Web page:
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It’s a sad day for fans of fast Audis and envelope-pushing builds everywhere. The Eventuri Project RS3 has gone up in flames while filming, bringing a close to a project that started back in 2019.

If you’re unfamiliar, Eventuri is an aftermarket air intake manufacturer based out of the UK. Their RS3 was reported to have 800-850 hp, depending on the map. The Eventuri team had gone all-out with the build. The forged engine by Race Developments featured an Iroz Motorsport IMS850 Turbo, and the car ran an AEM methanol injection system in conjunction with E85 fuel.

In December 2020, the Eventuri RS3 took the Carwow drag-race crown, becoming the fastest car featured in a drag race. It was also the first to record a quarter-mile time under ten seconds in a Carwow video. Earlier that year, the tuned Audi was proclaimed the fastest RS3 in the UK, having achieved a top speed of 211 mph at last year’s VMAX200 event

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Unfortunately, as reported on Eveturi’s official social media pages, the car met its demise, going up in flames at the roadside. While, thankfully, no one was injured, there was nothing that could be done to save the car before the fire took hold. The precise cause of the fire, which originated in the engine bay, is as yet unknown.

Had a fire suppression system been installed under the hood, the RS3 might have been saved — a painful point acknowledged in Eventuri’s post. And while they vow to come back stronger, there’s no getting away that losing a project car, especially one that has had close to two years’ worth of effort put into it, is sad.


The forthcoming all-electric Kia CV has been spied yet again wearing heavy amounts of camouflage cladding while on test in Germany.

Kia’s engineers seem to have gone to particular lengths to disguise the rear half of the prototype, which appears to feature styling cures from 2019’s Imagine concept. The roofline and A-pillars are not covered, giving us a decent idea of what the production car will look like. Other details that are visible are the aerodynamically-optimized wheels and shark fin antenna, while the rising waistline towards the rear hints that the final product will aim to, at least externally, inject some pizzazz into the upcoming EV line-up.

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The CV (which will be renamed come launch) is set to be part of a large shift for the Korean automaker. Having undergone a sizeable rebranding effort earlier in the year, Kia’s focus will be on popularizing battery-electric vehicles. The CV will be the first in a salvo of seven new BEVs launched between now and 2027, entering the market as an MY21 or MY22 shortly after Hyundai’s Ioniq 5.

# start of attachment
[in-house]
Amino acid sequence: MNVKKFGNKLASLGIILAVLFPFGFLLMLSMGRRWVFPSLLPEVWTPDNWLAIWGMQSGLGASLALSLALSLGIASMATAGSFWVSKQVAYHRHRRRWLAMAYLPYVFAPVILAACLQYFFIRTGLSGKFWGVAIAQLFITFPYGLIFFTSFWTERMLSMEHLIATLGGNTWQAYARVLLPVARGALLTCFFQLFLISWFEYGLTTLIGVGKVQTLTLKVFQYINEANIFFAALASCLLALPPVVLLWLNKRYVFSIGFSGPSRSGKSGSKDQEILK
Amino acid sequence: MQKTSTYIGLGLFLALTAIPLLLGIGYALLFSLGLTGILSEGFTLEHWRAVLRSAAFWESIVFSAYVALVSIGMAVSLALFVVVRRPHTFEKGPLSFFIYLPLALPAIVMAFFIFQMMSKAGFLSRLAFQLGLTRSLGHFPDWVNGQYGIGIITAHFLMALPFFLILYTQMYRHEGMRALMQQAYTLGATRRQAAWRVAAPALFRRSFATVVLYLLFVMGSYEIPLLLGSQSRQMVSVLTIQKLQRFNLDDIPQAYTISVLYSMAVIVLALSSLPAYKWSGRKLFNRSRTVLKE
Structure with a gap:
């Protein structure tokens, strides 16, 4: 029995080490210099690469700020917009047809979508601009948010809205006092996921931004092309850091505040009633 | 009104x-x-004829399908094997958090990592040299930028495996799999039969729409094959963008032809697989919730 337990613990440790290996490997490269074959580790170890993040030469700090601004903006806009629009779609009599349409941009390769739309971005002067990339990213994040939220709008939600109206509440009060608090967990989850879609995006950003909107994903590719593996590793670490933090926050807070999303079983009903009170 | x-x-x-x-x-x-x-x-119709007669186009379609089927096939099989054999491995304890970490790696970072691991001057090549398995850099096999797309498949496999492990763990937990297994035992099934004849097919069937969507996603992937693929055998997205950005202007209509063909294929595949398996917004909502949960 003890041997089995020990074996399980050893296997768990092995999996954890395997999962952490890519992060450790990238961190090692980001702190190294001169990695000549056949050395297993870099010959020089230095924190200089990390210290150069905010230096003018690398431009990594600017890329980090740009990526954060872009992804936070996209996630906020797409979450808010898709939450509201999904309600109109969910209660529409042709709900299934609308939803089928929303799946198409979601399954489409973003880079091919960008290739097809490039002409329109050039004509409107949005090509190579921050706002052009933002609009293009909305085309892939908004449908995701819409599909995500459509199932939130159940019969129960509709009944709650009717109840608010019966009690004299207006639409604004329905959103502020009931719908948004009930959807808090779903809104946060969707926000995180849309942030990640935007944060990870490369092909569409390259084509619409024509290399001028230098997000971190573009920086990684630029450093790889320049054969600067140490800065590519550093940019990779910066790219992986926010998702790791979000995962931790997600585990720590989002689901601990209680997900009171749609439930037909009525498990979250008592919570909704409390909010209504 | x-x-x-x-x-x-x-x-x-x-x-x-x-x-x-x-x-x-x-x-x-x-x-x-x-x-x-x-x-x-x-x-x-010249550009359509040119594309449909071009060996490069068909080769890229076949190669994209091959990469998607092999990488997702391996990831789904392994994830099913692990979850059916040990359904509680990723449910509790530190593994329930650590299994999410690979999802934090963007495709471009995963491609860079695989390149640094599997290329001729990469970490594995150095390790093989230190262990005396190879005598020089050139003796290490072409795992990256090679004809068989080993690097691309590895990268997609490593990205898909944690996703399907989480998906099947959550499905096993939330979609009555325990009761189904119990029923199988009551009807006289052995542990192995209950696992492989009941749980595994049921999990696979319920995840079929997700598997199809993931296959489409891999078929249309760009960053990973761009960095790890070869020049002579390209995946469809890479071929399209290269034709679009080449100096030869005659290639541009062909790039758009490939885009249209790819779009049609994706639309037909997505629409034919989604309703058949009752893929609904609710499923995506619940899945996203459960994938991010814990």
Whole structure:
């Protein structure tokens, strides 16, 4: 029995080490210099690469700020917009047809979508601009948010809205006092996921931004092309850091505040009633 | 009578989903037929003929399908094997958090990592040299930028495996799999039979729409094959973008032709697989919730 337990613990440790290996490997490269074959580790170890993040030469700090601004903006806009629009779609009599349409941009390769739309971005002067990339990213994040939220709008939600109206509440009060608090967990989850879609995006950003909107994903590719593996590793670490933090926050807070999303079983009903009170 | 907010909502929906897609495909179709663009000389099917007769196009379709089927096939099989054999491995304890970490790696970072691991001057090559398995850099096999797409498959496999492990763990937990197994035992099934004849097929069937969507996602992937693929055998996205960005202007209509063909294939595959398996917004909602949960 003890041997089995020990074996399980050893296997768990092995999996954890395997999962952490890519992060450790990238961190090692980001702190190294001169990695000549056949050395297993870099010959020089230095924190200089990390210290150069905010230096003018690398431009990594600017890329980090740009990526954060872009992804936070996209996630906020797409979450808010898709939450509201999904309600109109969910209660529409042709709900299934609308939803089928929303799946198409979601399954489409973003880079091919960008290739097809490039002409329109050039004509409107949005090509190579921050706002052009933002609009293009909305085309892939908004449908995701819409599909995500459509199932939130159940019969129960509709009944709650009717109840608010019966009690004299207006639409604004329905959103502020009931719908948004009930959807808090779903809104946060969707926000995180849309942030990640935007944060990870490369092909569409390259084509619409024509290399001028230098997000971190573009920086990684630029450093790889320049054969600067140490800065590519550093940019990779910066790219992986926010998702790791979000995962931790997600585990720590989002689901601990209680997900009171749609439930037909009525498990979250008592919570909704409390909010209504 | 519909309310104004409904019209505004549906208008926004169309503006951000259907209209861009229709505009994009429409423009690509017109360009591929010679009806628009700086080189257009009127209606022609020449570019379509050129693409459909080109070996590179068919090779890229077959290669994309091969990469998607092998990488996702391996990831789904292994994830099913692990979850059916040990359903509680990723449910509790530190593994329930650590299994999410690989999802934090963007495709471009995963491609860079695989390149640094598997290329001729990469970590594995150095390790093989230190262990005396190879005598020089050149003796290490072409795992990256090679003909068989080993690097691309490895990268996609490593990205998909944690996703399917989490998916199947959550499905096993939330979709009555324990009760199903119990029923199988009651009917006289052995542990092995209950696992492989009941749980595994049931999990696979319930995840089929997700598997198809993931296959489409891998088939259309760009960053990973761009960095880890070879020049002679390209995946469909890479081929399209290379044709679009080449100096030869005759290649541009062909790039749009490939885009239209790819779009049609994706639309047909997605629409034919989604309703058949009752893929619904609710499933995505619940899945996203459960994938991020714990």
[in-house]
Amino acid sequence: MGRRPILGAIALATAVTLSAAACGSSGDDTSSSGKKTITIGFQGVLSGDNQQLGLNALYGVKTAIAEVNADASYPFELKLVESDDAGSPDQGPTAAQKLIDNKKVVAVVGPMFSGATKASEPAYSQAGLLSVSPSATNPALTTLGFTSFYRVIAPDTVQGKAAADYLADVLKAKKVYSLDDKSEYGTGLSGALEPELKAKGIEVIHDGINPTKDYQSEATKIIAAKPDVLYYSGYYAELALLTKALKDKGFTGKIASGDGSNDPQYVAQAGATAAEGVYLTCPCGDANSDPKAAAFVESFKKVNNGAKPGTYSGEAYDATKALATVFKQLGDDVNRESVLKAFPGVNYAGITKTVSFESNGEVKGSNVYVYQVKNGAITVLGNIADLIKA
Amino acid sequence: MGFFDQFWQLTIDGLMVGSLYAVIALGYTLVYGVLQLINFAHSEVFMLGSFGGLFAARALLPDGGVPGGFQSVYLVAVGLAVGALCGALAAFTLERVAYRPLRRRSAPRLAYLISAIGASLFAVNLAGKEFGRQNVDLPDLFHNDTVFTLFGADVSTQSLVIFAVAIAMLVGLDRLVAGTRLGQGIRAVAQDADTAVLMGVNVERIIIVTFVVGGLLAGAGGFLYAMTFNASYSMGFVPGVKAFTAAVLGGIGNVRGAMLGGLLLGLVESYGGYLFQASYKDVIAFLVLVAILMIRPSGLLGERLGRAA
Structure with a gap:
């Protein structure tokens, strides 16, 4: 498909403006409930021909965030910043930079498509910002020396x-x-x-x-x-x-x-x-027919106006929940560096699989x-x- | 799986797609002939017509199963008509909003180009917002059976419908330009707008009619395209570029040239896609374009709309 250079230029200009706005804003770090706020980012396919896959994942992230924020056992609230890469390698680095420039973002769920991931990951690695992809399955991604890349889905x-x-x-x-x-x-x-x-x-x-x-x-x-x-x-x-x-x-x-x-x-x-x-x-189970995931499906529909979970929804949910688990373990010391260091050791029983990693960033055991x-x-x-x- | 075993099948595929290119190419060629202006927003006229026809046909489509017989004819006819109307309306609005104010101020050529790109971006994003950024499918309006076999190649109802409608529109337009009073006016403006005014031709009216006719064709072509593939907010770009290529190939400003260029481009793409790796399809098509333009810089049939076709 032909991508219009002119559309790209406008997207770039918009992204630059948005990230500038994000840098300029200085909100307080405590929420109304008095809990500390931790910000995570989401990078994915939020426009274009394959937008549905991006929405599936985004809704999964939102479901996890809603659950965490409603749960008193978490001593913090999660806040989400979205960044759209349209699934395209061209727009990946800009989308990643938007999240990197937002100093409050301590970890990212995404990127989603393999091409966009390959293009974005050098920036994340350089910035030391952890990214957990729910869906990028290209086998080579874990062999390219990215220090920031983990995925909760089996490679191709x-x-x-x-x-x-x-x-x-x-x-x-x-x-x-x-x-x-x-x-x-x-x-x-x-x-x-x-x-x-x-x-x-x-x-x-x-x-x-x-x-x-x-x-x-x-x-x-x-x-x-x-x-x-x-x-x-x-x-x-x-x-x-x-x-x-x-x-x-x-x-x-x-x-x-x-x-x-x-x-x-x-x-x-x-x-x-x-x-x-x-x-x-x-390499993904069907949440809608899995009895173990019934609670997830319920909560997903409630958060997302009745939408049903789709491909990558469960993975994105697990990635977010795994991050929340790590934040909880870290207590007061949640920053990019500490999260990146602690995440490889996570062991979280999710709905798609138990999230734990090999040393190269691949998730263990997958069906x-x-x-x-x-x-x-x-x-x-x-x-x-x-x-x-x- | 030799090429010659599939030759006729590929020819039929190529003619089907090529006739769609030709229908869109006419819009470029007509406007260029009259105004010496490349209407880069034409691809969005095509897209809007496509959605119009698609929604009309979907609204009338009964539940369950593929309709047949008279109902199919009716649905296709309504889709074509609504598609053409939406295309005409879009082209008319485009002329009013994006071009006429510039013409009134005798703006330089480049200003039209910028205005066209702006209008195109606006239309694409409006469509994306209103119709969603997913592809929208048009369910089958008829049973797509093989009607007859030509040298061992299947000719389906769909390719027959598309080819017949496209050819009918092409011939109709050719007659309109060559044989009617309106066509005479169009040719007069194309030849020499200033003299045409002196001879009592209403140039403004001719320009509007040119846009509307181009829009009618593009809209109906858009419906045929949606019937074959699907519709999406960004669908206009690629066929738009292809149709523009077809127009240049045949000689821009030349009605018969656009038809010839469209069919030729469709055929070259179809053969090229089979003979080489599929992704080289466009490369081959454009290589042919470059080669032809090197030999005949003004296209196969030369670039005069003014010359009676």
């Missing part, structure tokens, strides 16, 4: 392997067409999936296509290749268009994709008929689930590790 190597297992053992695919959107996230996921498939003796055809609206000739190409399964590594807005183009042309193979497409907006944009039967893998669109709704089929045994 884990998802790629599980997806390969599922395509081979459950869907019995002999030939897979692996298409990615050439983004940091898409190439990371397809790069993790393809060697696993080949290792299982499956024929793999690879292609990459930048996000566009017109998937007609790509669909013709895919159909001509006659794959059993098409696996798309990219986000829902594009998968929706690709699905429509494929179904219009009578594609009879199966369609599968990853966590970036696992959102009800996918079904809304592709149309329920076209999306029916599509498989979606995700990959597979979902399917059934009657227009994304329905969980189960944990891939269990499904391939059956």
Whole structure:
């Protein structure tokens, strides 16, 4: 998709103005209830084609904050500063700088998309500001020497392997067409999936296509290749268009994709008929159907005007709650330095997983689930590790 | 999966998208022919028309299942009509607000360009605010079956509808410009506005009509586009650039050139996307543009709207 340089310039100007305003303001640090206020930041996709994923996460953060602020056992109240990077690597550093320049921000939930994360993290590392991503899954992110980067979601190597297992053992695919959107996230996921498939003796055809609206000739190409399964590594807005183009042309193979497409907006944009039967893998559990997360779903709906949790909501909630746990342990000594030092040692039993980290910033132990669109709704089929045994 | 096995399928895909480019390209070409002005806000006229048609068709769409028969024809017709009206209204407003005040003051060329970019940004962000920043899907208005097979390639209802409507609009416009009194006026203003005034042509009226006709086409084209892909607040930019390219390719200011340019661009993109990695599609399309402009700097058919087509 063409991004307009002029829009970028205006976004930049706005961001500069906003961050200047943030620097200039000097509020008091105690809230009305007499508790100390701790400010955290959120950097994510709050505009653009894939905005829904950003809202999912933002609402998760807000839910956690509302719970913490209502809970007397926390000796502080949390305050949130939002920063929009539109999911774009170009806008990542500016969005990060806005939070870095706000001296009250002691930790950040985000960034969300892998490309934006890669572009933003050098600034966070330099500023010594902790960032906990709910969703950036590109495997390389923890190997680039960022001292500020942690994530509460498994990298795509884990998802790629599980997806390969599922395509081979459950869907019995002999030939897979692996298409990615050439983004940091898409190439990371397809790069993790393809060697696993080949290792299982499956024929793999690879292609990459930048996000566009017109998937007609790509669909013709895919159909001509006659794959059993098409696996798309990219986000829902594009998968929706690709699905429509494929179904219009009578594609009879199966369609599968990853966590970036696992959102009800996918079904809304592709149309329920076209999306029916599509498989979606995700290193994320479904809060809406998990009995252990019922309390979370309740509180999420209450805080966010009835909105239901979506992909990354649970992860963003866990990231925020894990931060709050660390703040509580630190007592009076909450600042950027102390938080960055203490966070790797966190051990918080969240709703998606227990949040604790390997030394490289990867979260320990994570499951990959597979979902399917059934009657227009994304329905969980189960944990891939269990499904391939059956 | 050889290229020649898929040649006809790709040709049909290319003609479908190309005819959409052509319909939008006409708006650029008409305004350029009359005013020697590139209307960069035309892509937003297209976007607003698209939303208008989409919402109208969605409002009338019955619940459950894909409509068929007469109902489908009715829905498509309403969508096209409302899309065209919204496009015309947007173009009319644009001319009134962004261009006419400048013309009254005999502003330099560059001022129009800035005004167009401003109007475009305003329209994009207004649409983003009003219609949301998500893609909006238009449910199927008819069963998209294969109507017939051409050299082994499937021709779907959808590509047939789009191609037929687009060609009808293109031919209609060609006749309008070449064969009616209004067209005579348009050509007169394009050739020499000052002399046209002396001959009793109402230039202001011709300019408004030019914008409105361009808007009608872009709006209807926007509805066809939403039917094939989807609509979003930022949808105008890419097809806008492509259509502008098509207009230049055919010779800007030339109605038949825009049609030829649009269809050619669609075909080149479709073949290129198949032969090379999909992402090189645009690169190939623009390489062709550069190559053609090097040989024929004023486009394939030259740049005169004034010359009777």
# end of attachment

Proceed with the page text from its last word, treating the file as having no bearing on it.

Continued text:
The CV will be based on a new platform developed by parent company Hyundai Motor Group. The new architecture, known as the Electric-Global Modular Platform (E-GMP), will be used for battery-electric sedans, crossovers, and SUVs. The Hyundai Motor Group claims that this platform offers a range of up to 311 miles (500 km) and a 800V charging capability.

Read More: Could Apple Be About To Invest Big In Kia? The Stock Market Thinks So

Kia recently saw a boom in its stock price, as speculation ran rife that Apple is about to partner with the Korean company in order to build its electric car. If such a deal were to transpire, the Apple car would use the E-GMP architecture, although both companies are, as yet, staying tight-lipped.

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Photo credits: S. Baldauf/SB-Medien for CarScoops

There’s something magical about cars steeped in racing history, and it doesn’t get more enchanting than this rare 1960 Lotus.

With only 17 of these fiberglass-bodied Lotus 19 Monte Carlos ever made, this mid-engine sports racer would be a rare and desirable beast regardless of its pedigree. But with names such as Graham Hill, Jim Clarke, and Sir Stirling Moss all having taken the wheel of Chassis #953, this time capsule of a car has been cemented as an integral part of motor racing history.

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This particular Lotus has seen success across the globe, including a dominant maiden season in 1961 under British Racing Partnership (BRP), the team owned by Sir Stirling Moss’ father and his former manager. In 1962, #953 won six of the seven races it entered in the UK, with Graham Hill lapping the Snetterton circuit at an average speed of 100 mph — a first for anyone in a sports racing car.

In 1963, it once again took to the track, but crucially it became the last racing car Sir Stirling Moss drove as a professional racing driver. After a test in #953 to determine whether he was comfortable racing after a heavy accident, he decided to hang up his pro racing gloves.

This Lotus 19 continued to compete in various categories until it was retired in 1965. It has since been returned to racing spec following a meticulous restoration and even features a new 240 hp Coventry-Climax engine. Purists need not fret, as every effort has been made to keep it as period-correct as possible. The car features FIA HTP papers, issued after a metallurgical analysis — basically a way to confirm that parts of the original chassis remain today.

This could be just the most significant Lotus you’ve never heard of It ticks all boxes in terms of provenance, as it’s a true “Chapman” Lotus and a bona fide race winner. And now, it awaits a new owner to give it a final post-rebuild shakedown, as it enters the first sale of the year for Silverstone Auctions on the 27th of March.

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